As you read through those delicious books you saved for summer, slow down and read like a writer. Here are a three tips: 

1. Be a critic. Notice what you like and don't like. 

If you like something, return to the text and notice how the moment was created. Was it the verbs? Description? Suspense? You might outline the section or the entire piece in order to uncover the skeleton behind the writing. How did the writer create that moment? Learn craft from the text. 

And if you didn't like something? Do the same. Then avoid recreating the same structure in your own writing. 

2. Read the work, all or part, aloud. Listen for the music in the sentences. Reading aloud will slow you down so that you can savor the beauty, rather than just the plot, of the writing. 

3. Study the grammar. Notice where the author used long sentences and short ones in order to alter the pace. What kind of language did the author use? Did she break rules in order to grab the reader's attention? Is she writing more formally or using colloquial slang? Grammar offers guidelines, but it changes with usage. The author is potentially a part of that larger change. 

Tuesday, July 7, 2015

Writing Prompt: Deep Breaths

Even Union Station, D.C., can be peaceful 
if you look up and take three deep breaths

We encourage our son to take three deep breaths when he's frustrated. The purposeful act of pausing, breathing in and breathing out changes your emotions and sense of being, as mediators know well.

For today's prompt, sit in a quiet, cool and dim space. Move away from the hectic work/work/sunshine/rainstorm excitement of summer and take three deep breaths. Notice where the breaths take you physically, emotionally and creatively.

Set a timer and write for ten minutes. Don’t worry about spelling or writing in complete sentences. Just jot down ideas as them come to you. If you can’t think of anything, write, “I don’t know what to write” until you get bored with that and start to think about something else. 

The prompt might lead you in a different direction and your result might not have anything to do with the five senses or even summer. But that’s the idea – it is a prompt to get you started.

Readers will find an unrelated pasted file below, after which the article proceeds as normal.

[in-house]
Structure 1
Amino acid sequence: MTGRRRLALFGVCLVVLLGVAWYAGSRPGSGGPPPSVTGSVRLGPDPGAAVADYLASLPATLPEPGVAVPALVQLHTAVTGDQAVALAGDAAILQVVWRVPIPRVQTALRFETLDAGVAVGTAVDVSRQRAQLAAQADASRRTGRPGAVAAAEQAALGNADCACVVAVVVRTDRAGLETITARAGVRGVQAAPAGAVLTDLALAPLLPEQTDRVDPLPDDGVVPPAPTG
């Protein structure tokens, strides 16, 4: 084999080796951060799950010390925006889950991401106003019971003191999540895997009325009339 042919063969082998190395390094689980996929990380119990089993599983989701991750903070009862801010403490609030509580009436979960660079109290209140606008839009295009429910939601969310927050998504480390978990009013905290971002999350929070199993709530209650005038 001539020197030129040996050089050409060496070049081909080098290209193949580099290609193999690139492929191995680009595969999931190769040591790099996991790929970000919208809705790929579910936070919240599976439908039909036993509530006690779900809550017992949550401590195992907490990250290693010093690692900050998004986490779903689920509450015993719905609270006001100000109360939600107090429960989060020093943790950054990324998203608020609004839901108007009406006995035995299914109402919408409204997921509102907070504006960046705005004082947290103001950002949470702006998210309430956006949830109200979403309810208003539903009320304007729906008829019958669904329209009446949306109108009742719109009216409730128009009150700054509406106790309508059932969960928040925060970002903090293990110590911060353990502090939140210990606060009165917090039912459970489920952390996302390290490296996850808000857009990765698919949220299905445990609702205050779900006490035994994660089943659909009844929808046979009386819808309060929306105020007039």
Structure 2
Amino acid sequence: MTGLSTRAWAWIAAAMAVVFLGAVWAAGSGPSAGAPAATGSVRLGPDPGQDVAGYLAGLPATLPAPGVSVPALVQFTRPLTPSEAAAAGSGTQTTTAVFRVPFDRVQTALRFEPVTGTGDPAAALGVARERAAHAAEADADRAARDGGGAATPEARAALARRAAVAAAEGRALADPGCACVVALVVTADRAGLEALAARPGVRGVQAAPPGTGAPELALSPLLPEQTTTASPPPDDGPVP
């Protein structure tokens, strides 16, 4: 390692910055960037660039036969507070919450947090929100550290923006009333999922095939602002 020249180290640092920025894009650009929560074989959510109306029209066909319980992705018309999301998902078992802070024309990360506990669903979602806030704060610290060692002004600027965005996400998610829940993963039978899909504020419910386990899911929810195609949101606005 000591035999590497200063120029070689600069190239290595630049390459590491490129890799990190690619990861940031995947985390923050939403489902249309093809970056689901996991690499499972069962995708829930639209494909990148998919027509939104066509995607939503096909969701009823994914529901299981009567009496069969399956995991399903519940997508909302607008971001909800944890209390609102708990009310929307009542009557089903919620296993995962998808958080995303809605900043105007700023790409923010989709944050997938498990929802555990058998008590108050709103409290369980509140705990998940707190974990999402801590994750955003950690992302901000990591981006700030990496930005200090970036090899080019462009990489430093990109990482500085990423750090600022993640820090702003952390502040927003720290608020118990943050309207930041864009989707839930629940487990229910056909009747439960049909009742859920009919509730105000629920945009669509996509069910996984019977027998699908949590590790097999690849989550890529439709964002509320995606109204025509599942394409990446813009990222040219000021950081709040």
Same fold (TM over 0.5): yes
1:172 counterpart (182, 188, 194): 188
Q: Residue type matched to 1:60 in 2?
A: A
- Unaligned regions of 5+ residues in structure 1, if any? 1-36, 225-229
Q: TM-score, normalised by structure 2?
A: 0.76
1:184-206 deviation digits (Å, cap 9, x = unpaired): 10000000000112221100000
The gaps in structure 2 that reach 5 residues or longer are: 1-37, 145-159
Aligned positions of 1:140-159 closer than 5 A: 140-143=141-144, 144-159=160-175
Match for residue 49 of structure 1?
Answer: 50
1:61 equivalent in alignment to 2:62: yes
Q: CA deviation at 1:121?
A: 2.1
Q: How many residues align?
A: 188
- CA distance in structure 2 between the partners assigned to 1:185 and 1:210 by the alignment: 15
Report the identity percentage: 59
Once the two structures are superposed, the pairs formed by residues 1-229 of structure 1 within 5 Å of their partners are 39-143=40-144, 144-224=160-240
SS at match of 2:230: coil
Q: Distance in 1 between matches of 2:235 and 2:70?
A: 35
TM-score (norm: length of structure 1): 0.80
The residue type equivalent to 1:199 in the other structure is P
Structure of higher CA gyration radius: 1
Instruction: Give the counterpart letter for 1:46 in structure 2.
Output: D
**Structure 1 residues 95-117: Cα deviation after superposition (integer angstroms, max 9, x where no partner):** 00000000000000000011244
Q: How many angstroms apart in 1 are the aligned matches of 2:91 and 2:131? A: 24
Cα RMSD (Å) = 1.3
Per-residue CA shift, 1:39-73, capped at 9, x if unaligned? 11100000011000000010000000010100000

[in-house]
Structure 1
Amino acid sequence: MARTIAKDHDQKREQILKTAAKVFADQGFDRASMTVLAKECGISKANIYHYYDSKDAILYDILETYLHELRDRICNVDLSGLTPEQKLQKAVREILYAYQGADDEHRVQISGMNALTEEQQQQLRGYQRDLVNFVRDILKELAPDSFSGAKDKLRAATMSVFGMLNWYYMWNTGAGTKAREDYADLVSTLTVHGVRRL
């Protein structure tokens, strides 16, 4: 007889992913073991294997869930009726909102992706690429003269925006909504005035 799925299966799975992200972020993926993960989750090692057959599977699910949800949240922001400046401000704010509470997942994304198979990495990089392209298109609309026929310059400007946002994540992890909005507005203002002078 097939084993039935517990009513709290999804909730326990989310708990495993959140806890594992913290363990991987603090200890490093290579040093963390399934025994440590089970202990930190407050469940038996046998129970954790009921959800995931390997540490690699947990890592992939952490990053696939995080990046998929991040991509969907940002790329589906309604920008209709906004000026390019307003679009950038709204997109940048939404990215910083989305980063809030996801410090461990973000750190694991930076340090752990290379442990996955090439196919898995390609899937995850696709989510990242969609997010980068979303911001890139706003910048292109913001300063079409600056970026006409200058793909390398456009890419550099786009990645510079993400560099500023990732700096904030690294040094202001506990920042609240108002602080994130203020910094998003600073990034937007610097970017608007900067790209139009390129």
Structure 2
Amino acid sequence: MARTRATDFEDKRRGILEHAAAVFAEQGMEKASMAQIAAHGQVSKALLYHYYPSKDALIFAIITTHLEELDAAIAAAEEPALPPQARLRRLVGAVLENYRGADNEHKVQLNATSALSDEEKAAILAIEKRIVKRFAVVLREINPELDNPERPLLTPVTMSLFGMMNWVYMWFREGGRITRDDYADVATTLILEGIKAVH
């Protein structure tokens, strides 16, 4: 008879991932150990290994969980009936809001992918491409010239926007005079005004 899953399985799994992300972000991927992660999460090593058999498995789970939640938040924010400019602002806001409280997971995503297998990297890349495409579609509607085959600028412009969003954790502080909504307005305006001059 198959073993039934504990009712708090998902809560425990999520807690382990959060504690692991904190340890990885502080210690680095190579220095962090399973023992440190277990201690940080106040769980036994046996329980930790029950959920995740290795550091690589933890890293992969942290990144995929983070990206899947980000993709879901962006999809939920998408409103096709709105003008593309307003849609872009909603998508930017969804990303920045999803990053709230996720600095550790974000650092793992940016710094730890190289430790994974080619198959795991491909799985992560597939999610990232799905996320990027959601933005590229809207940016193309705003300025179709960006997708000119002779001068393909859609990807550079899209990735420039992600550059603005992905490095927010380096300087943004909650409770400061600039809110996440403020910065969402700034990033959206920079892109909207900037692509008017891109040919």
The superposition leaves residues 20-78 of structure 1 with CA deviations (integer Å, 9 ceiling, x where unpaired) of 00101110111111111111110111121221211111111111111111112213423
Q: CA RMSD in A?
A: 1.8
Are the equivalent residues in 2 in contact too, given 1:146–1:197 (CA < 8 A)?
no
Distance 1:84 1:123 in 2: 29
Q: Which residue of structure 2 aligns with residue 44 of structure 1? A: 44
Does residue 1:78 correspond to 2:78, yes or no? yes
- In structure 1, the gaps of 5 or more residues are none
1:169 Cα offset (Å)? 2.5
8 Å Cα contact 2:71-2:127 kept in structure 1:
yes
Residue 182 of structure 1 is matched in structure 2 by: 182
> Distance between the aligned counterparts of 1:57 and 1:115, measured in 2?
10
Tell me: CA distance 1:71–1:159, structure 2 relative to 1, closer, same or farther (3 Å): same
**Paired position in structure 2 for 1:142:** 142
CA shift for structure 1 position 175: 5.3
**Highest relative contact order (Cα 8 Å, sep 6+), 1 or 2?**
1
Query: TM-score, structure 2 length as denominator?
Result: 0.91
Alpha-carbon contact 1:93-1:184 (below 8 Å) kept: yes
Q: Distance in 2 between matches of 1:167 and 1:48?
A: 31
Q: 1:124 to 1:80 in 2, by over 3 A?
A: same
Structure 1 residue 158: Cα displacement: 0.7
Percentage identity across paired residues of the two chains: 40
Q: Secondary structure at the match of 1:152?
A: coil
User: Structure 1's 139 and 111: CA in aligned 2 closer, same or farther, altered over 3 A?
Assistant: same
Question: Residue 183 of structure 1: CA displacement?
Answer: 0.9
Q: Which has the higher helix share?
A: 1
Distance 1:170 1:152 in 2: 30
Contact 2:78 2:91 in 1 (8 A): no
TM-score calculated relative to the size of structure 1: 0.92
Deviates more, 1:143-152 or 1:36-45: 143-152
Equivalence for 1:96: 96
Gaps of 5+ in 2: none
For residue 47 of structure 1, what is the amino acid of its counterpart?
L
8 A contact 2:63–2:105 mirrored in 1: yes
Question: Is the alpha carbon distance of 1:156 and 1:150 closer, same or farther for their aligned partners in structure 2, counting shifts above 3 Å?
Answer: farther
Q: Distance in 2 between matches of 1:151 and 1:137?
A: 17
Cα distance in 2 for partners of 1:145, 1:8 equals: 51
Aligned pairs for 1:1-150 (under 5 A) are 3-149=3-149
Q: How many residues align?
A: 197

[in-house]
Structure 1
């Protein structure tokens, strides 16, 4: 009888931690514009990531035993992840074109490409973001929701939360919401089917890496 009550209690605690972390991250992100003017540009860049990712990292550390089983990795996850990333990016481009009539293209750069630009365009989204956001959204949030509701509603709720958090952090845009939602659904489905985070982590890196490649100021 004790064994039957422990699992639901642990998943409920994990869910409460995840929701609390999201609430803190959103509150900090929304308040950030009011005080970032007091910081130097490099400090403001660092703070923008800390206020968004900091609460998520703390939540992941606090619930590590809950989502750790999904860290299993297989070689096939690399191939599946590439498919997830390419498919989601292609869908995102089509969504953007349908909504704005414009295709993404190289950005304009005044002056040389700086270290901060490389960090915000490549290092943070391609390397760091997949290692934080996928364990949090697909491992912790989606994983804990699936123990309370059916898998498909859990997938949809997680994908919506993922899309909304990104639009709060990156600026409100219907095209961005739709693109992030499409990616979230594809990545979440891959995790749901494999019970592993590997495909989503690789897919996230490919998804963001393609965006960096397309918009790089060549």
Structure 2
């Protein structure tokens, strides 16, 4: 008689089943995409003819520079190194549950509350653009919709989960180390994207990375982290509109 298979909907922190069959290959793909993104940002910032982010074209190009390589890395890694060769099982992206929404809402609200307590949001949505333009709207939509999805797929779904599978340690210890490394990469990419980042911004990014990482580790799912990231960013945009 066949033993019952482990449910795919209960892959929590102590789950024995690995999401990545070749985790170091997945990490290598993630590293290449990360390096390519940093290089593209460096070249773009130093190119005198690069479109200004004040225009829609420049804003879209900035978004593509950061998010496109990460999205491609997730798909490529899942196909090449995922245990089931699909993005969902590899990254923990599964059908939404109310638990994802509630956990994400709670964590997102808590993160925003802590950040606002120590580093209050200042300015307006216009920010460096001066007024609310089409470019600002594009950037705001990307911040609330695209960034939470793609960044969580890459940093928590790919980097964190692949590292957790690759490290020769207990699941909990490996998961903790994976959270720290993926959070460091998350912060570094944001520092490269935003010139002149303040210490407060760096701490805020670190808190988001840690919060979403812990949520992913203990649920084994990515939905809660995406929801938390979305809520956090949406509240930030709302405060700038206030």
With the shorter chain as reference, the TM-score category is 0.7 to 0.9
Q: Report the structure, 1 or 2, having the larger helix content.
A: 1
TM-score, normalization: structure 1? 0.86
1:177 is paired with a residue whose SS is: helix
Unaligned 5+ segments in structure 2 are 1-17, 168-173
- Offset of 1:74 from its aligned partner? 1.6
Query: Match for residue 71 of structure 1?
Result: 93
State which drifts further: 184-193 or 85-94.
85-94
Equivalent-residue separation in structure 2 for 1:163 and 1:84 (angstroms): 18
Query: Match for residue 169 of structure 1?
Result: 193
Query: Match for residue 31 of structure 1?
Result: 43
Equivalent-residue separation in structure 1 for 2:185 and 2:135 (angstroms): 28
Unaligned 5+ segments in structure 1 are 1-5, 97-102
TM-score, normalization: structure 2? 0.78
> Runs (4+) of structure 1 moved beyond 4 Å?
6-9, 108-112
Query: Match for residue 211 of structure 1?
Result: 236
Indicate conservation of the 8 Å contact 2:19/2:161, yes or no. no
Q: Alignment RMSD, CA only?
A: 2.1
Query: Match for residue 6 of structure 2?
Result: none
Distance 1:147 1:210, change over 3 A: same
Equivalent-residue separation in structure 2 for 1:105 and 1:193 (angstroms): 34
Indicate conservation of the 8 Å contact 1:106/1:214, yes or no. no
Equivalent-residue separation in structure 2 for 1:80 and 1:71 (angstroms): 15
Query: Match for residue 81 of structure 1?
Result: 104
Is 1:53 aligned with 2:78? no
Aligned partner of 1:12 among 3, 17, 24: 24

I'd love to know where you end up, if you'd like to share your thoughts in the Comments section below. 

Click through for more writing prompts

Monday, June 29, 2015

You Are A Writer

Looking for inspiration? Writing Down the Bones by Natalie Goldberg 
is a great starting point with prompts and more. 

My emails to creative writing students begin with the greeting, "Dear Writers."

It may sound a little woo woo, but the first step to being a writer is thinking of yourself as a writer. That's right, I'm talking to you. The writer reading this writer's blog. You.

The next step is to introduce yourself as a writer. It may not be your day job, but it is something that's important to you. It is the lens through which you comprehend the world. Visual artists might focus on colors and shapes, dancers on movement and you, words. Because you are a writer.

You. Are. A. Writer.

You read, write, edit, and submit your work. You take the practice and business of writing seriously. You talk to other writers, attend readings, and think about your work throughout the day. Your writing and ideas build upon what you've read and experienced.

You write.

You write because you are a writer.

Honor your writing by making sure you fulfill the obligations of writing. Carve out space and time for your practice. Dedicate time and space to writing. That is all to say: Write, writer. 

Friday, June 26, 2015

Continuing to Workshop After a Class @ Politics & Prose Bookstore